Alpha and Beta Testing

In early October I had the honor of speaking to a class of MBA students studying product management at the Haas School of Business. Michael Sippey recommended me as a speaker last year, which in my book is high praise, but considering that I was incoherent at the time I gave my talk, imagine my shock when I was invited to speak again.

Haas School of Business

I believe it was my experience with Agile Development Practices, Product Management and Test Run that I was asked to speak on the topic of Alpha and Beta Testing. It seemed like an easy topic at first, but as I worked on my slide deck and reached the end with only a hand full of slides, I realized I was taking this talk too literally.

I was not considering the bigger picture of test-centric development. A process by which assumptions and ideas are constantly tested, a process in which testing takes place not just at the tail end of the process, but in every step.

The talk was largely influenced by watching the Six Apart product team that built Vox. Vox was released only recently but testing began over a year and a half ago when it was nothing more than some conceptual wireframes. I remember having people come to the office and being led through usability tests with nothing more than a couple of sheets of paper.

It took four to six months from that point for us to be able to use Vox, then code named “Comet.” Once we could, we ate our daily dose of dog food religiously. And we continued to share it with others in usability studies. That systematic process by which we tested our assumptions and the product itself led to an amazing evolution of a piece of software. But perhaps the most important thing to consider is that we weren’t just testing software, we were testing our process.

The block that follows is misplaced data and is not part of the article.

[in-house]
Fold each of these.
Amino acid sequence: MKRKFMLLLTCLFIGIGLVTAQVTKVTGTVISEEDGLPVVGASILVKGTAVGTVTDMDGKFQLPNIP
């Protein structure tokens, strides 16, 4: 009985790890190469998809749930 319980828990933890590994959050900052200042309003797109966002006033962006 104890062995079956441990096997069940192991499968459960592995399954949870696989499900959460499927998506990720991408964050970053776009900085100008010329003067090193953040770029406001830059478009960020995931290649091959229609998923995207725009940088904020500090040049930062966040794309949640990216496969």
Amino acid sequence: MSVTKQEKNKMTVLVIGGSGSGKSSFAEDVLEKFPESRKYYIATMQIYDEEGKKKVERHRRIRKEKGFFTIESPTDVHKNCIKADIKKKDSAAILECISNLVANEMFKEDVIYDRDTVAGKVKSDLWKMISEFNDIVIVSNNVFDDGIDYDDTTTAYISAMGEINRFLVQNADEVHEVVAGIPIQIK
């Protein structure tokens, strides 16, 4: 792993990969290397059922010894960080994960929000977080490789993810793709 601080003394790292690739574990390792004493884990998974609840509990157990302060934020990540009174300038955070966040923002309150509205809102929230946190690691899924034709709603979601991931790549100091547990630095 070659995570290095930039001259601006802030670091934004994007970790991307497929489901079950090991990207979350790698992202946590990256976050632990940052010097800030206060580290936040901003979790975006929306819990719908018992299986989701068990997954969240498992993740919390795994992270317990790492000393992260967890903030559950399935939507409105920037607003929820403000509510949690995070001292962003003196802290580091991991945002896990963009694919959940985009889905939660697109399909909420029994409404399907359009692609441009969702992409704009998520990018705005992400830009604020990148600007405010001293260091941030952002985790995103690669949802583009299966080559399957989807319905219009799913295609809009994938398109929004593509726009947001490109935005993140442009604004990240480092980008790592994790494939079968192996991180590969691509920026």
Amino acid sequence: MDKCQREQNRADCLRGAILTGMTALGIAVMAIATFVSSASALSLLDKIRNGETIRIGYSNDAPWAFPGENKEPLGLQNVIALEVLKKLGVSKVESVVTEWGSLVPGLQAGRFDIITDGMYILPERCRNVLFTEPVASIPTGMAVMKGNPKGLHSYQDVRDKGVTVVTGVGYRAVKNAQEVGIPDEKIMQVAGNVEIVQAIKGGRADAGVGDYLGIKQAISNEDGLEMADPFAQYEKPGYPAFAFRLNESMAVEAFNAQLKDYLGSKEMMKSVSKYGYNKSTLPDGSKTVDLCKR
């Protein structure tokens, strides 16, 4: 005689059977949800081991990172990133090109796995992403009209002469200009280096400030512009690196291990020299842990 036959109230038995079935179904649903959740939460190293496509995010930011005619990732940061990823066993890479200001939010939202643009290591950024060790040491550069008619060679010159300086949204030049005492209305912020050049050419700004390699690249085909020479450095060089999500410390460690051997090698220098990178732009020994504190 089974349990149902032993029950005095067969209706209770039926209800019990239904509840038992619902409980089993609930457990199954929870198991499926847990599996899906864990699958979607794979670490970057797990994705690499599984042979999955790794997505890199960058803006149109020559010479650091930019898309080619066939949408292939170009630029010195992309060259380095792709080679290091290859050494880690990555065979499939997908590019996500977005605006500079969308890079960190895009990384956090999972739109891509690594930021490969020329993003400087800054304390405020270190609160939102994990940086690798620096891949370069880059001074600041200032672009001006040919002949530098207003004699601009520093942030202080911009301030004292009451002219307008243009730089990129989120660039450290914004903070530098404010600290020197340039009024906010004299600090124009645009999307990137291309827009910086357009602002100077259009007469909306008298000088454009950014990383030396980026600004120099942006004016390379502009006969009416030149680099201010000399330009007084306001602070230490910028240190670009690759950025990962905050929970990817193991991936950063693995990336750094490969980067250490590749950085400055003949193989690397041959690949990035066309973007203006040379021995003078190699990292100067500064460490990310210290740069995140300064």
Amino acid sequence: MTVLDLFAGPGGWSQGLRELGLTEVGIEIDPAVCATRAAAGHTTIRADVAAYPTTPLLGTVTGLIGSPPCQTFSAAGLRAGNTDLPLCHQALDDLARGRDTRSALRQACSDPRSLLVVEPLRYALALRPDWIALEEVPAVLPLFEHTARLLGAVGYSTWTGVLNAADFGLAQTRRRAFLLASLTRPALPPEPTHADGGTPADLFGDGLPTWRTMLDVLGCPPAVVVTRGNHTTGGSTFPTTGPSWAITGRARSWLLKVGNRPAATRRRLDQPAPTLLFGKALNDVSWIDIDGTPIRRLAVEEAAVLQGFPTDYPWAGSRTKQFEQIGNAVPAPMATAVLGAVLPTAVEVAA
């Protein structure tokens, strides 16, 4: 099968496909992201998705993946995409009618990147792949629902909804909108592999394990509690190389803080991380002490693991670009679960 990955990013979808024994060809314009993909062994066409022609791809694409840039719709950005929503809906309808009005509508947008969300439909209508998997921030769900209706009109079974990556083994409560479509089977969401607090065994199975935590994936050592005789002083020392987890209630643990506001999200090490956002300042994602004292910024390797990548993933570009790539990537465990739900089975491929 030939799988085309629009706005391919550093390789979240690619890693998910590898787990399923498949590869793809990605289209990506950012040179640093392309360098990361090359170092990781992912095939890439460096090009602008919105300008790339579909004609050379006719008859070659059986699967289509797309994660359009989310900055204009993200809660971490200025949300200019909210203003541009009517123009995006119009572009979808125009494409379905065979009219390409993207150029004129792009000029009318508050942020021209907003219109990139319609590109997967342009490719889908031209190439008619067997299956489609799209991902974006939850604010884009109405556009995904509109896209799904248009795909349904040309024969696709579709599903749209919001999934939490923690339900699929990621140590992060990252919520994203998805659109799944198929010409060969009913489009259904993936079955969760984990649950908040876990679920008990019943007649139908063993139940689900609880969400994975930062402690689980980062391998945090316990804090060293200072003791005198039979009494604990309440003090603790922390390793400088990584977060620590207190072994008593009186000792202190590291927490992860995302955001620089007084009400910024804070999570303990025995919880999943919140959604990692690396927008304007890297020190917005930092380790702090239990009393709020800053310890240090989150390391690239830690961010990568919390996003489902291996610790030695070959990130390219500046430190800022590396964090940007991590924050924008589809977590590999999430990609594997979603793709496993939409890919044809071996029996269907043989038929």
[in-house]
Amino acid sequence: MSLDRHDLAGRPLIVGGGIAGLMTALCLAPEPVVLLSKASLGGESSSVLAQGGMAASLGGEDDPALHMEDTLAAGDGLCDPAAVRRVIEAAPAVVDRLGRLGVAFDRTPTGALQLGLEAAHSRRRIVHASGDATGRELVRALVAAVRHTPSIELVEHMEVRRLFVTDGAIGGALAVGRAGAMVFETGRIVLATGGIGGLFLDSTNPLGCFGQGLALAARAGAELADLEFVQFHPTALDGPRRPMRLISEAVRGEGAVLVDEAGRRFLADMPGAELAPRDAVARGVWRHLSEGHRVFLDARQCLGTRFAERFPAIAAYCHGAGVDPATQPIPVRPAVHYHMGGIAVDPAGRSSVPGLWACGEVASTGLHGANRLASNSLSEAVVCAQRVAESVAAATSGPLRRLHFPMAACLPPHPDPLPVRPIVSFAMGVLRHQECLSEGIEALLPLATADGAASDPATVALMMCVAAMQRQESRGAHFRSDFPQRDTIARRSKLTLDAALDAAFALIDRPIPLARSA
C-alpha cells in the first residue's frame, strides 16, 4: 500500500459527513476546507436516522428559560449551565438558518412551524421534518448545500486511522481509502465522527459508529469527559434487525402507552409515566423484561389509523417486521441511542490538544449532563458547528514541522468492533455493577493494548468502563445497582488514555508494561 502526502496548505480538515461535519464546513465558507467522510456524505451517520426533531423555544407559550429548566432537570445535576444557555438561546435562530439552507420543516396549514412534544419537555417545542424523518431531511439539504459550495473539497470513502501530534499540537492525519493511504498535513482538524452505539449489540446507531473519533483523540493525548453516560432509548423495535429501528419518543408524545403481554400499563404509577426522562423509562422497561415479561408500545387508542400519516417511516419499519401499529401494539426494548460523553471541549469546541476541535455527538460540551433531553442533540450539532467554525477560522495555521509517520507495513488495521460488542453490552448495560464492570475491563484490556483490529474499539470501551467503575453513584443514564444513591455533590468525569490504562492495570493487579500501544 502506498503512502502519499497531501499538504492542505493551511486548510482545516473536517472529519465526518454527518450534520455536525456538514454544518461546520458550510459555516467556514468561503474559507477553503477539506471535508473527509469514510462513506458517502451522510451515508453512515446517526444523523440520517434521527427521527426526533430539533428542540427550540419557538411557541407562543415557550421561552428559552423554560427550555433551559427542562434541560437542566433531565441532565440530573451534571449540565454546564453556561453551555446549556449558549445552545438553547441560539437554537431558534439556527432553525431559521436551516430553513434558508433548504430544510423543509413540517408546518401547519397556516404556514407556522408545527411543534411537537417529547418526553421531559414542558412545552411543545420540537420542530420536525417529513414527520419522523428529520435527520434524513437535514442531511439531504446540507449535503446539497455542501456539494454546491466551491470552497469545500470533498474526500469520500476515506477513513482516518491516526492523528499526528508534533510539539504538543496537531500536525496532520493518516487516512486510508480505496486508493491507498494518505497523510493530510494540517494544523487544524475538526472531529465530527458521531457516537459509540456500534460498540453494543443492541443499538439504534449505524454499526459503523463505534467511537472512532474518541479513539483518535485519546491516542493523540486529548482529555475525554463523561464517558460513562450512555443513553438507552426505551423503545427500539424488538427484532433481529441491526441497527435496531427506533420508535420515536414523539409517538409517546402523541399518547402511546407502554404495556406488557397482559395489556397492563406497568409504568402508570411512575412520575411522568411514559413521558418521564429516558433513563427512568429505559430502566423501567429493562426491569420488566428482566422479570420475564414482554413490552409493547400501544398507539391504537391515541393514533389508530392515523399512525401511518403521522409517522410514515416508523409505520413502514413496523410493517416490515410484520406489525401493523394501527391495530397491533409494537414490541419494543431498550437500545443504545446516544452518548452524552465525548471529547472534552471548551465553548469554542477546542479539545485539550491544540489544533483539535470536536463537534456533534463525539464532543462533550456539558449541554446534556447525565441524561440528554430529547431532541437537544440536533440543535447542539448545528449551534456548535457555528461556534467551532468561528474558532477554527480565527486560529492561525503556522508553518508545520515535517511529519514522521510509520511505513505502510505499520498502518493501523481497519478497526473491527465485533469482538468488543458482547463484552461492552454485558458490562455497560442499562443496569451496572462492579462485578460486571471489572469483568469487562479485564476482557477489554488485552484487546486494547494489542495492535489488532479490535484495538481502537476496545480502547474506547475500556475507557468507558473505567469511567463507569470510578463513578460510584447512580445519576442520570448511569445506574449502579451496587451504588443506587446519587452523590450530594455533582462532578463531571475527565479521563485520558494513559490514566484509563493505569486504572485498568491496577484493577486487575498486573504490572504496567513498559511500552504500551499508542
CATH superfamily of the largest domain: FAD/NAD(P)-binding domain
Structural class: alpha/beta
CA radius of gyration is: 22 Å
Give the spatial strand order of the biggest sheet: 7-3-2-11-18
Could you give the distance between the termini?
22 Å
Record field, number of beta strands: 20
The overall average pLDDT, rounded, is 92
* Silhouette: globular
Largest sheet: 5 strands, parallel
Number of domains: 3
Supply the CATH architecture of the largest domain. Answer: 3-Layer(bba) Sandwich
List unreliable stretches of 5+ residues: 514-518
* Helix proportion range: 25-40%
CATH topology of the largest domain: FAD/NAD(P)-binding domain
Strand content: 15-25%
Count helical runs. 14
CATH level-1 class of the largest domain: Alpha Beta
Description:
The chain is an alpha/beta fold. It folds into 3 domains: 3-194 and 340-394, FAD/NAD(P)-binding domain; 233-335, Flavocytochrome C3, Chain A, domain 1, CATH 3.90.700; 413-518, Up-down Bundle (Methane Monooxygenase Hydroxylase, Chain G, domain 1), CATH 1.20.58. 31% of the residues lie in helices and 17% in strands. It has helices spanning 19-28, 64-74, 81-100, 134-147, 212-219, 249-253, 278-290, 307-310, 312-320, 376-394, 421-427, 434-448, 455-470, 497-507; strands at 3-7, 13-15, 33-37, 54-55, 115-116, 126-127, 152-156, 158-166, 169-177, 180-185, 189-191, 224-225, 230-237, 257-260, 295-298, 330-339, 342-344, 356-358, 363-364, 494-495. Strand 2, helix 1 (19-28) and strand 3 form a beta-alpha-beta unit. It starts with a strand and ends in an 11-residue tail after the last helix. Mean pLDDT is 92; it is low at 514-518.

So many companies fail to become truly agile because they are unable to adapt their processes, and Six Apart is no different, but the mindset they took with Vox allowed them to make and work through the mistakes and problems with the process. This helped the product management team to develop an incredible discipline around deciding what was in and what was out – an essential skill for anyone trying to tighten up their release process.

Alpha Beta Testing PresentationSoon my slide deck went from 10 slides, to over 70 – meant to be delivered in a quick fire fashion. My intent was to build a presentation that had a strong narrative, as Ken Norton’s have. I wanted something that I could leave with the students that was comprehensible without having someone physically presenting. Something more than just a collection of bullet points.

I had a great time with the class this year (not being sick helped a great deal) and I hope Haas will give me the opportunity to speak again next year.

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